10 Chilean Protest Songs| 10 June, 2015
Winter in the Southern Hemisphere is the time of the year when Chile awakens to popular uprisings, with university occupations and student protests common through these coming months. Gaining worldwide recognition in 2011, the Chilean student movement has never stopped. This year it has revived the discussion on police brutality due the case of Rodrigo Avilés, who was severally injured on a march. Let’s hope the Copa Ámerica (South American football tournament), which starts in Chile on 11th June, doesn’t create a diversion from demands over political corruption and social issues. To make sure that’s the case, here is a list of chronologically-ordered songs from the 60s to present that illustrate the struggles of the common people from the Republic of Chile.
Violeta Parra “Me Gustan Los Estudiantes” (1963)
Students have always been a libertarian force. Violeta Parra knew it and she wrote a beautiful tune just for them. This song and its timeless lyrics are hard to find recorded by Violeta but you can hear credible versions by her son Ángel Parra, Mercedes Sosa, Cafe Tacvba’s Rubén Albaran’s folk group Hoppo! or chilean rappers Legua York.
Victor Jara “Manifiesto” (1974)
Song from the unfinished album that Victor Jara was working on before his detention and murder by the military in Estadio Chile. Released posthumously by his wife in exile, delivering a message as emotive as premonitory, you can still hear Victor heroically state, “That the singing has meaning, when it throbs in the veins, of which will die singing, the truthful truths“. A symbolic call to arms to the conscience of all music artists out there.
Quilapayún “El Pueblo Unido Jamás Será Vencido” (1975)
Writen by Sergio Ortega, who also wrote “Venceremos” for the Salvador Allende political campaign. First released in France where the group were in exile, this song was later recorded by several music artists and made famous worldwide by Inti Illimani. “El pueblo unido, jamás será vencido” became an international chant of resistance.
Sol Y Lluvia “Adiós General” (1980)
Based on a Uruguayan murga, “Adiós General” is an anti-dictatorship anthem. When this song is played live, you can always hear the people singing “El que no salta es Pinochet” (Who doesn’t jump is Pinochet), a very powerful way of making people jump, sung at all kinds of popular and political congregations in Chile.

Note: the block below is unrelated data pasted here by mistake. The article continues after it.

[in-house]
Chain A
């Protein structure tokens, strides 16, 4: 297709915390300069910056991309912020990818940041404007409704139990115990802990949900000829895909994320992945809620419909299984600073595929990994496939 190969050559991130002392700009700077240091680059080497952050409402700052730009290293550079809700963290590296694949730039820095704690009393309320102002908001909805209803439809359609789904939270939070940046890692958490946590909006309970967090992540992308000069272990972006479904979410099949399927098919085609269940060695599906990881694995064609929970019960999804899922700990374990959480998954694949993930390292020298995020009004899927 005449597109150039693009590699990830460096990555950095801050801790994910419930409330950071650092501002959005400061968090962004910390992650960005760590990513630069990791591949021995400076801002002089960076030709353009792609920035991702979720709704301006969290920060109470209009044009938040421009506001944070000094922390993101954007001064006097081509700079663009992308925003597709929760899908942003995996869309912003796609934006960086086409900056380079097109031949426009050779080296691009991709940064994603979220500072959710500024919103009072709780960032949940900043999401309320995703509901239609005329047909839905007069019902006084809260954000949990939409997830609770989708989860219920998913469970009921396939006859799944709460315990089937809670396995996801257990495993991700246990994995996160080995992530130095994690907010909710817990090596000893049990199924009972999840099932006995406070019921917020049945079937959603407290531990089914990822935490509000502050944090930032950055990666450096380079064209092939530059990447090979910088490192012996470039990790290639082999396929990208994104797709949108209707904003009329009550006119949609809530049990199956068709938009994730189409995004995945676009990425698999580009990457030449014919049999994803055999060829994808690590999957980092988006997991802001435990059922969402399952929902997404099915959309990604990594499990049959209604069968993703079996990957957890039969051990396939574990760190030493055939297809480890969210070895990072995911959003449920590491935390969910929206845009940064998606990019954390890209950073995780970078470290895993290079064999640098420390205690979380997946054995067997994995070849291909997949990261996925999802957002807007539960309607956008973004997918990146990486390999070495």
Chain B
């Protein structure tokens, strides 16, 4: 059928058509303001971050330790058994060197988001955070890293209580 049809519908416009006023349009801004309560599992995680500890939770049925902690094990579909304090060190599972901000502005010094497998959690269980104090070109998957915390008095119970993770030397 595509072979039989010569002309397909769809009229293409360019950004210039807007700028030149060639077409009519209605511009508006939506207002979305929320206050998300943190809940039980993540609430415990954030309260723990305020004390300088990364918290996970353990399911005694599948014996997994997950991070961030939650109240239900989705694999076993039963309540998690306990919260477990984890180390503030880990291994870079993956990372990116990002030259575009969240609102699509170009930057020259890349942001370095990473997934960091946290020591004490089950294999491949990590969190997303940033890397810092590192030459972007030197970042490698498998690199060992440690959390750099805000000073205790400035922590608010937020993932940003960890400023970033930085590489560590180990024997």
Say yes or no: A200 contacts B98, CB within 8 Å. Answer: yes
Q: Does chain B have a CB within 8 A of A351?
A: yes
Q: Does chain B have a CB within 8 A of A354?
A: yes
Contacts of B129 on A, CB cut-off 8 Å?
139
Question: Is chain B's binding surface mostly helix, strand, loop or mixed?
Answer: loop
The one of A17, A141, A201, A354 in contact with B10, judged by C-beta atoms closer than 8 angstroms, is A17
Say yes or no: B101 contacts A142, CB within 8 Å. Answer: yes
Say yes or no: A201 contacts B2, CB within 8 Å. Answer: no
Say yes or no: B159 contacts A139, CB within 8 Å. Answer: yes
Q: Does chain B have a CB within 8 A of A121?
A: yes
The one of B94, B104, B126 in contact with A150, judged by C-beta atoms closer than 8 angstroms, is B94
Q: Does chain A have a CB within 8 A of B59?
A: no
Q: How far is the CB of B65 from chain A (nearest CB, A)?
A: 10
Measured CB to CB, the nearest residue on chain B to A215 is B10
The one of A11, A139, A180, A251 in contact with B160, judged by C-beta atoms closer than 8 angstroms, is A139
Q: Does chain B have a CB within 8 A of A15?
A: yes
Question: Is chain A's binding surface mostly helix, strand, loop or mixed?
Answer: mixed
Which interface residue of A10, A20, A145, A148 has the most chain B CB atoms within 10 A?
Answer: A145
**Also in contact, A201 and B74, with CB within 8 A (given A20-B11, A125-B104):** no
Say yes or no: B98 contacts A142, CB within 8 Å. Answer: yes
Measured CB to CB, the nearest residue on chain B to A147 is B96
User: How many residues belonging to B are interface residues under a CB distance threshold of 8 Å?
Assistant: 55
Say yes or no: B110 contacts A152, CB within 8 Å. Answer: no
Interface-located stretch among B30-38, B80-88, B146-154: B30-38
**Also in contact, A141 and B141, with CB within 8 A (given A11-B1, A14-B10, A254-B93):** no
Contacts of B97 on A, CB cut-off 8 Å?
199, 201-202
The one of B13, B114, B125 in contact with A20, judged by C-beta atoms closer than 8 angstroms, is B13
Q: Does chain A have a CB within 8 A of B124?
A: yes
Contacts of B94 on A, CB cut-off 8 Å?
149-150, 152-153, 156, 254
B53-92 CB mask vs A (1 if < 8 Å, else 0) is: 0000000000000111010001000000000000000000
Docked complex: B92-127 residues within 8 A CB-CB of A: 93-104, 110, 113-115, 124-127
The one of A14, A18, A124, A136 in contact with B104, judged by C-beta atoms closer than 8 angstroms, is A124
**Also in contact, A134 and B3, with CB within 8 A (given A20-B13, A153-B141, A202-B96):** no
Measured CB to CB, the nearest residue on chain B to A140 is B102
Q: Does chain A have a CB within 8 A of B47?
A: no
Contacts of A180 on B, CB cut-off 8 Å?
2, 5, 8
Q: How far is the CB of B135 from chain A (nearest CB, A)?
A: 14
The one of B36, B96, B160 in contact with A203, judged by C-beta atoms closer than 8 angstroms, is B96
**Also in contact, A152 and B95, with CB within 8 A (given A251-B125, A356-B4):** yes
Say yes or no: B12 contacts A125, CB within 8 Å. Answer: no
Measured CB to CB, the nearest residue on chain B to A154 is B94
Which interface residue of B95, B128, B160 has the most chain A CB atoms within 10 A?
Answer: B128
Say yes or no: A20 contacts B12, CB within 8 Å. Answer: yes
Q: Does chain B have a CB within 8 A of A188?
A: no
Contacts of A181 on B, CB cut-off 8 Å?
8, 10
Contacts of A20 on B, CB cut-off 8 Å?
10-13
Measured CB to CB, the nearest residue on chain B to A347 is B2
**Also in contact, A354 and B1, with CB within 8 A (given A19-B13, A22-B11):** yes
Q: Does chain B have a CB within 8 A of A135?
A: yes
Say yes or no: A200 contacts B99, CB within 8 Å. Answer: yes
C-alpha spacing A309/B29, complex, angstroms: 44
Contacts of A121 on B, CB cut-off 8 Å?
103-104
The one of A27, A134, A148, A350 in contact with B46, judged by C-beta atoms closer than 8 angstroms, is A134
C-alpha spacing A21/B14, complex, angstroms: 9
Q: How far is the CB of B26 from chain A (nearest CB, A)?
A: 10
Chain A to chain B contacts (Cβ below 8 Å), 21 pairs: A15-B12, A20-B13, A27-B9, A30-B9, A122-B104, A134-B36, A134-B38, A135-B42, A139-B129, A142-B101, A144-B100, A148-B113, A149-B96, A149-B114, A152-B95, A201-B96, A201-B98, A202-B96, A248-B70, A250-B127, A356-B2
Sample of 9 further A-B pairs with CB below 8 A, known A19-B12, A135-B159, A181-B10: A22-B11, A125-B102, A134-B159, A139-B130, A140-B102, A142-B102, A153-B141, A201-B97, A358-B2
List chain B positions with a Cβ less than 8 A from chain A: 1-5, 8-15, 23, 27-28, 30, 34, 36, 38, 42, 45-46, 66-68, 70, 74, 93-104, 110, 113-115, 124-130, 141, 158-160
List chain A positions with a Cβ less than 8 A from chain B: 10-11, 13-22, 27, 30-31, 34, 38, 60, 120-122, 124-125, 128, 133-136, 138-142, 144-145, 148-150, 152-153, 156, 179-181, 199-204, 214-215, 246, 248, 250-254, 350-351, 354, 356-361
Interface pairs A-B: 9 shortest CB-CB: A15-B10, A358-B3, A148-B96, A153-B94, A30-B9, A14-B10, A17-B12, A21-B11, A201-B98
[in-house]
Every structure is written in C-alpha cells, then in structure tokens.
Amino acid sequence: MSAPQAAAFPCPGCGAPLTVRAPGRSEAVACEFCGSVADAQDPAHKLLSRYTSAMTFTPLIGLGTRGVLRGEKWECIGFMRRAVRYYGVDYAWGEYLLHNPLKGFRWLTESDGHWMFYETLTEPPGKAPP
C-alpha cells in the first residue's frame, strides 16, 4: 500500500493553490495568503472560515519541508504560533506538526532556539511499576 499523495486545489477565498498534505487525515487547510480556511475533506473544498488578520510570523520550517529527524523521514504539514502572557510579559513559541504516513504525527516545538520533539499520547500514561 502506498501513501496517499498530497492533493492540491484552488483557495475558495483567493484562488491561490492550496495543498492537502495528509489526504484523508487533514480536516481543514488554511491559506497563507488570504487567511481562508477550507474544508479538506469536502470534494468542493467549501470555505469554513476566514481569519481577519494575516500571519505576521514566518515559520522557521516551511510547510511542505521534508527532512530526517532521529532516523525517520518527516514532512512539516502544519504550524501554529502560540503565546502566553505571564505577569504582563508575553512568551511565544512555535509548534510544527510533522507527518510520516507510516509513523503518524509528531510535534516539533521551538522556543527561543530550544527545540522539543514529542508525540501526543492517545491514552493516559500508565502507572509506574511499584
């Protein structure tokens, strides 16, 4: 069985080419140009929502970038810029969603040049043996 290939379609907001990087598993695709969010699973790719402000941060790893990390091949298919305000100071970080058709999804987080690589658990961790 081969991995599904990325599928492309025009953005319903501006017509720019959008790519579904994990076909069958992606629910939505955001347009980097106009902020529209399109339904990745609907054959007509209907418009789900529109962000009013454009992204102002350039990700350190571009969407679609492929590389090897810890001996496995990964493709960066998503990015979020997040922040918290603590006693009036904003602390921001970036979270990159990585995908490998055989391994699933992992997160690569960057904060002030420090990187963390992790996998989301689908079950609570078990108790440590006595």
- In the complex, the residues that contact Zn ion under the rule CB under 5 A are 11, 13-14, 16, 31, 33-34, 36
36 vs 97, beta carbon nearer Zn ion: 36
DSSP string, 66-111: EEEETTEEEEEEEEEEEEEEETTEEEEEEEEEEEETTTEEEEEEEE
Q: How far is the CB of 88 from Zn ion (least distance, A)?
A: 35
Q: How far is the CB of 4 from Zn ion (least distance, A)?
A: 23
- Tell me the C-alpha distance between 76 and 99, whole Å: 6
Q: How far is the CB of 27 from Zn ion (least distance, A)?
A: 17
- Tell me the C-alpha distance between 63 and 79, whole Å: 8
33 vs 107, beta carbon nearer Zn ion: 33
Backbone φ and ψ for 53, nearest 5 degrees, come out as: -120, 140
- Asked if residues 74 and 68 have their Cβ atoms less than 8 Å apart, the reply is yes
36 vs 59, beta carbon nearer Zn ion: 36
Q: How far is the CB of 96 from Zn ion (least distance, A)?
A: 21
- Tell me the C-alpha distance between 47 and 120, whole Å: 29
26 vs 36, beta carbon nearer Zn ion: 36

Los Prisioneros “El Baile De Los Que Sobran” (1986)
Jorge Gonzalez wrote this song using a small borrowed rhythm machine. Later it was recorded with guitars and the iconic ‘dog’ sampler. Its modest conception didn’t predict that it would become one of the greatest hits of Chilean music. Its critique of social inequality in education created an impression on generations of dissatisfied youth.
Los Miserables “Pisagua 1973” (1991)
A story of political crime from the era of the military coup. Sung with explicit lyrics about torture, death and impunity in the Pisagua detention centre. The original recording from their first album ¿Democracia? was a ska song, but it was later recorded in a deeper slowed-down version for the Sin Dios Ni Ley covers album.
Makiza ft Epicentro “En Paro” (1999)
Rap group formed by Ana Tijoux, Seo2, Cenzi and DJ Squat, “En Paro” was one of the singles on their first major label album Aerolineas Makiza. Talking about Mapuches, the coup and inequality, it’s maybe the first politically-conscious rap song to get airplay on national radio. It features vocals by Ana Tijoux and guest rapper Epicentro.
GuerrillerOkulto “Motín En La Sala” (2006)Not as internationally known as posterior student protests, 2006 was an iconic year for educational demands, as it was the first major revolution. Promoted by secondary school students, the school uniform became the symbol of this movement, hence the title of “La Revolución Pingüina” (Penguin Revolution) on this rap song by GuerrillerOkulto.
Ana Tijoux “Shock” (2011)
Appropriately released the year that the student movement got stronger, Ana Tijoux pulled out another hit, keeping the worldwide press on her side after her successful 1970 album. This was the first single from La Bala. Its promo featured footage from the occupied schools and it was directed by Aldo Guerrero, responsible for a lot of Chilean rap videos.
Subverso ft Portavoz “Lo Que No Voy A Decir” (2013)
Raised in Detroit, son of a Chilean folkloric singer, Subverso developed a natural connection between Latin American poetry and the rhyming art of hip-hop. Social awareness is always the motto of his lyrics, this time focusing on the Mapuche people and their problems, their stolen territory, terrorist laws and the xenophobic crimes of the state.
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